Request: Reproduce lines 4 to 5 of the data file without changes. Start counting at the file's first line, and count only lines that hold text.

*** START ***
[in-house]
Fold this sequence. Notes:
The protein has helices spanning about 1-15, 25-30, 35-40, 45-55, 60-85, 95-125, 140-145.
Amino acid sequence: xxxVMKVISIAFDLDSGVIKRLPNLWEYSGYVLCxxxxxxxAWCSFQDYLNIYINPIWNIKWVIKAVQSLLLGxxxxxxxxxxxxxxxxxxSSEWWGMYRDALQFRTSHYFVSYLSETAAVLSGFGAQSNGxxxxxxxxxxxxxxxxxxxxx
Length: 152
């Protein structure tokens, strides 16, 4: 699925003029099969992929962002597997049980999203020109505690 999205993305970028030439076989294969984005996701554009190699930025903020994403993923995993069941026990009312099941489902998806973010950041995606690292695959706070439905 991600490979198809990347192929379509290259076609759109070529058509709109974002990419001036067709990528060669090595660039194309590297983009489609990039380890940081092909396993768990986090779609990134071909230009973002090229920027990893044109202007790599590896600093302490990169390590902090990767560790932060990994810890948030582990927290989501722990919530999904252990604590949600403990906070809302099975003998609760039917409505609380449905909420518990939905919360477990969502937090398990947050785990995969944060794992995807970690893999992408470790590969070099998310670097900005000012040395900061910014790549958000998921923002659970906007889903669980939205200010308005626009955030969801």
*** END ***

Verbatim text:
Amino acid sequence: xxxVMKVISIAFDLDSGVIKRLPNLWEYSGYVLCxxxxxxxAWCSFQDYLNIYINPIWNIKWVIKAVQSLLLGxxxxxxxxxxxxxxxxxxSSEWWGMYRDALQFRTSHYFVSYLSETAAVLSGFGAQSNGxxxxxxxxxxxxxxxxxxxxx
Length: 152